December 7, 2011 by Leah
Another frontier in child safety that seems, suddenly, to have a lot of new rules is sleep. Since my brother was a baby (he’s 10 years younger than me and as well as being a cool guy, he’s a handy reference point), the American Academy of Pediatrics and everyone else has flip-flopped on sleep positioning. We are now all to put our babies to sleep on their backs. I’m cool with that, but I know a lot of parents of my mother’s generation (Mom not included) are horrified by this idea and completely certain their grandchildren are going to aspirate their own vomit and die, sad and alone, in their sterile cribs. I think the Wikipedia entry on the NICHD’s “Back to Sleep” campaign is a rather compelling summation of why putting babies to sleep on their backs is a good idea. In a nutshell: the incidence of SIDS has declined 50% since the campaign was introduced in 1994.
Okay, so, baby is supposed to sleep on its back. That’s no problem for any of us. The next question is: where is it supposed to sleep?
On a firm, flat surface, nowhere near pillows, blankets, quilts, stuffed animals, crib bumpers, or other people, is how I read the NIH recommendations. My mom did have a problem with this one, as it means coordinating crib bumpers and bedding are out (she loves to shop), and she wondered where the fun in this was. I am thrilled to have an excuse to avoid buying “cute” crib bumpers (don’t expect a swanky nursery in this household), but I’m kind of annoyed by the government’s recommendation that babies not sleep with their parents. (Particularly when said government is of the City of Milwaukee. Oy vey.)
Before I got pregnant, I’d done a lot of reading about the benefits of various practices when it comes to baby-rearing, and I just assumed we would co-sleep (bed-share, whatever you want to call it) with our infant. I’m a big fan of Dr. Sears and liked his take on co-sleeping and how it can be benficial. Then I became pregnant, started reading about safe co-sleeping out of more than just passing interest, and quickly realized that bringing a baby into our bed would be difficult.
For example: Our bed is several feet off the ground. We could get a safety net thing to keep baby from rolling off the bed, but those are all designed to keep toddlers in toddler beds, not for co-sleeping with your infant, and baby might get wedged between the net and the mattress, and that would not be good. We could put our mattress and box spring on the floor, but I slept on the floor for a number of years and it’s really not my favorite thing, and we’d still be a couple of feet off the ground. (Can you imagine if, God forbid, I have to have a c-section and then come home to face a mattress on the floor? I’ve had major abdominal surgery. I would probably cry and try to run away, but be hampered by lack of abdominal strength and pain meds and end up in a sobbing heap on the floor with a squished baby and anxious dog.)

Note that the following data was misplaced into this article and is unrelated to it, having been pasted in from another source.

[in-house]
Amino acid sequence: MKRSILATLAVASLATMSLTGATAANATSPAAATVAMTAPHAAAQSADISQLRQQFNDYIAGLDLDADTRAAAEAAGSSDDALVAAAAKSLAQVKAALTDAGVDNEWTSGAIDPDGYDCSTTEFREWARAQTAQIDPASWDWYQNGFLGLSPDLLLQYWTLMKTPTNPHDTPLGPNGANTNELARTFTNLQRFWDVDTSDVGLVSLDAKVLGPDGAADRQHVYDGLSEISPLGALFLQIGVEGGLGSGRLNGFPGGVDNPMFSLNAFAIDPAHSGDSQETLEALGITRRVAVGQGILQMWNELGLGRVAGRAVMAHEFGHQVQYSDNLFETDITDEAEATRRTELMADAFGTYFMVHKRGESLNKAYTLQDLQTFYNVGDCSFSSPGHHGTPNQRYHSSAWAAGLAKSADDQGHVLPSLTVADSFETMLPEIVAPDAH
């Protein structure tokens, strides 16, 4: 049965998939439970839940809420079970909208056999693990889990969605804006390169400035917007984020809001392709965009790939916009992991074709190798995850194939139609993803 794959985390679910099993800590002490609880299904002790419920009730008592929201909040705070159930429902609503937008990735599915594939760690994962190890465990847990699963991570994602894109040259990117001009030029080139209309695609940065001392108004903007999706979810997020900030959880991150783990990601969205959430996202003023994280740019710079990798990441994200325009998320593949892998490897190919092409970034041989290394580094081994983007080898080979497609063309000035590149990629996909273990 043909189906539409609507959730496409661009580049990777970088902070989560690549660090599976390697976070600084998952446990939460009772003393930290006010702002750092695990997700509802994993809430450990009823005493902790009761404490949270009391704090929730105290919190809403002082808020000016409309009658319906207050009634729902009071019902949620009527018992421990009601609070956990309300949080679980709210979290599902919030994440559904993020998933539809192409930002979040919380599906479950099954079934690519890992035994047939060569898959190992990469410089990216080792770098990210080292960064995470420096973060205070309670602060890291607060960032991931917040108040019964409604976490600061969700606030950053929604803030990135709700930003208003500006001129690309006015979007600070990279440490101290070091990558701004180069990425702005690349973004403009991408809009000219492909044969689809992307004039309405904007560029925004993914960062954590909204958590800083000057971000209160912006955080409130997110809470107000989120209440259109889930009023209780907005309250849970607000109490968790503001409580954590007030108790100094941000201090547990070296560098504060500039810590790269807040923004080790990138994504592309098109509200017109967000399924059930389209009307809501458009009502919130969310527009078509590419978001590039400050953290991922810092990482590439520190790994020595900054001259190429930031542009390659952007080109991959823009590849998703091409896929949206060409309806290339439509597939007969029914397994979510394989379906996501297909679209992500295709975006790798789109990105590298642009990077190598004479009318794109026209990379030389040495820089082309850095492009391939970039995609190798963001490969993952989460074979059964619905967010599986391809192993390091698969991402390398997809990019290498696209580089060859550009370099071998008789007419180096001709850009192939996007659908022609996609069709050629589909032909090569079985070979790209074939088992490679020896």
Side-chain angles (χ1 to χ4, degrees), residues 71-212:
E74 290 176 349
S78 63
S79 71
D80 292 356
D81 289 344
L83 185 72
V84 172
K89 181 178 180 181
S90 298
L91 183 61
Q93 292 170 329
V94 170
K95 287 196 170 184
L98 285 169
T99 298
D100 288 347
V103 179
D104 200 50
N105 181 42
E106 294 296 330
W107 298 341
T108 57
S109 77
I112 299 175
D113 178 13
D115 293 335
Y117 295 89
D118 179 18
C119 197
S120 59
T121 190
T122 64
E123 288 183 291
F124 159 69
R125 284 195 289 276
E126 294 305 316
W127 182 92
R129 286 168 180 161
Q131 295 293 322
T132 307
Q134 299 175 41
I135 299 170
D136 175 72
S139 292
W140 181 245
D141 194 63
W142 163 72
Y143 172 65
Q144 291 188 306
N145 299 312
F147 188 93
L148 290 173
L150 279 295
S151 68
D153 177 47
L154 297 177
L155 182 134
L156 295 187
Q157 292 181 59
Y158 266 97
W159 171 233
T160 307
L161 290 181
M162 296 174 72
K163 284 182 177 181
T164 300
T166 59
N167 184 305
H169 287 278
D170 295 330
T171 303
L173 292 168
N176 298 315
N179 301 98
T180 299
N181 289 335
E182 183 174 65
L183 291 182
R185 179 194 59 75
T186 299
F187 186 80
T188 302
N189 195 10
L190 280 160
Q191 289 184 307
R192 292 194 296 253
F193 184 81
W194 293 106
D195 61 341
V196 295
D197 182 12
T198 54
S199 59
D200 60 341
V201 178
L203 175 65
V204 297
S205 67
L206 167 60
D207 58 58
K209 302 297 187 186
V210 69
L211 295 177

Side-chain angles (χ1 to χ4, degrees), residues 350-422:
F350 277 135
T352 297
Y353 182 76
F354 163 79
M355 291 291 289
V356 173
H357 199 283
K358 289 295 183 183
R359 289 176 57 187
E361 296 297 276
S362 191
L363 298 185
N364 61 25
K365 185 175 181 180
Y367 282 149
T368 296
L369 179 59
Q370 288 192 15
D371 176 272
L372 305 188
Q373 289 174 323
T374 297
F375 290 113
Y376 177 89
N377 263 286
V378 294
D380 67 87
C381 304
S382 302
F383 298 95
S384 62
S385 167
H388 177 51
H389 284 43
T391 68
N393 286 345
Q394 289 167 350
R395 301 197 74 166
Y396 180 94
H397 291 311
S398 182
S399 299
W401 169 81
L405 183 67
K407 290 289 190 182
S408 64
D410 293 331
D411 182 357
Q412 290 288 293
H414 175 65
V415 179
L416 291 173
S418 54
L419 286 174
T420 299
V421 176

If I were enthusiastic about any of these safety options, I still have the people who already sleep in the bed to contend with.
I’m an incredibly heavy sleeper. The elusive “they” say my maternal instinct will kick in once baby is in bed with me, but I don’t want to rely on that. I’m not so much worried about rolling over on baby (I tend not to move when I sleep – cue numb extremities) as I am about missing distress signals.
I don’t really know what kind of a sleeper Aaron is because I sleep so heavily, but I do know he occasionally has violent dreams that cause him to lash out, punching and kicking. Once, ages ago, I woke up to find a sleeping Aaron on top of me and his forearm across my throat like he was trying to strangle me. (It was alarming, but not as alarming as it sounds.) He woke right up when I freaked out, and the bed was soft. Also, his violent dreams are genetic and not his fault. Still, I am equipped to fight back. Baby will not be.
Finally, Duke sleeps with us and has no respect for personal space.
We have a crib already, and a separate room for baby, but since I’m planning on nursing the baby until it goes to college, I have no interest in getting up and hiking to the second bedroom every time baby is hungry. Our house is cold, and it’s a long hike.
I’ve heard you can night-wean babies, and I’ve also heard that it can be nice to have the baby sleep in a different room (for reasons ranging from “you only wake up when it actually cries and aren’t distracted by random movements and snuffling” to “it helps you remember you have a husband with whom you’re supposed to be in love”), but if we go that route, it won’t be right off the bat.
I think I’m going to order a co-sleeper off eBay. (Anyone know if they’re really as easy to travel with as advertised?) And, then, if I get lucky, baby will like it. Or, maybe I will end up like a friend of mine who carefully planned out all this same stuff and then had a baby who would only sleep for over an hour if she was touching one of her parents or in her swing, of all places. The one thing I feel confident expecting (other than a baby) is that all my expectations will be challenged or thrown out the window once the baby actually arrives. Which is why I’ll keep reviewing safe co-sleeping habits; the more we know, the better we’ll be able to improvise.
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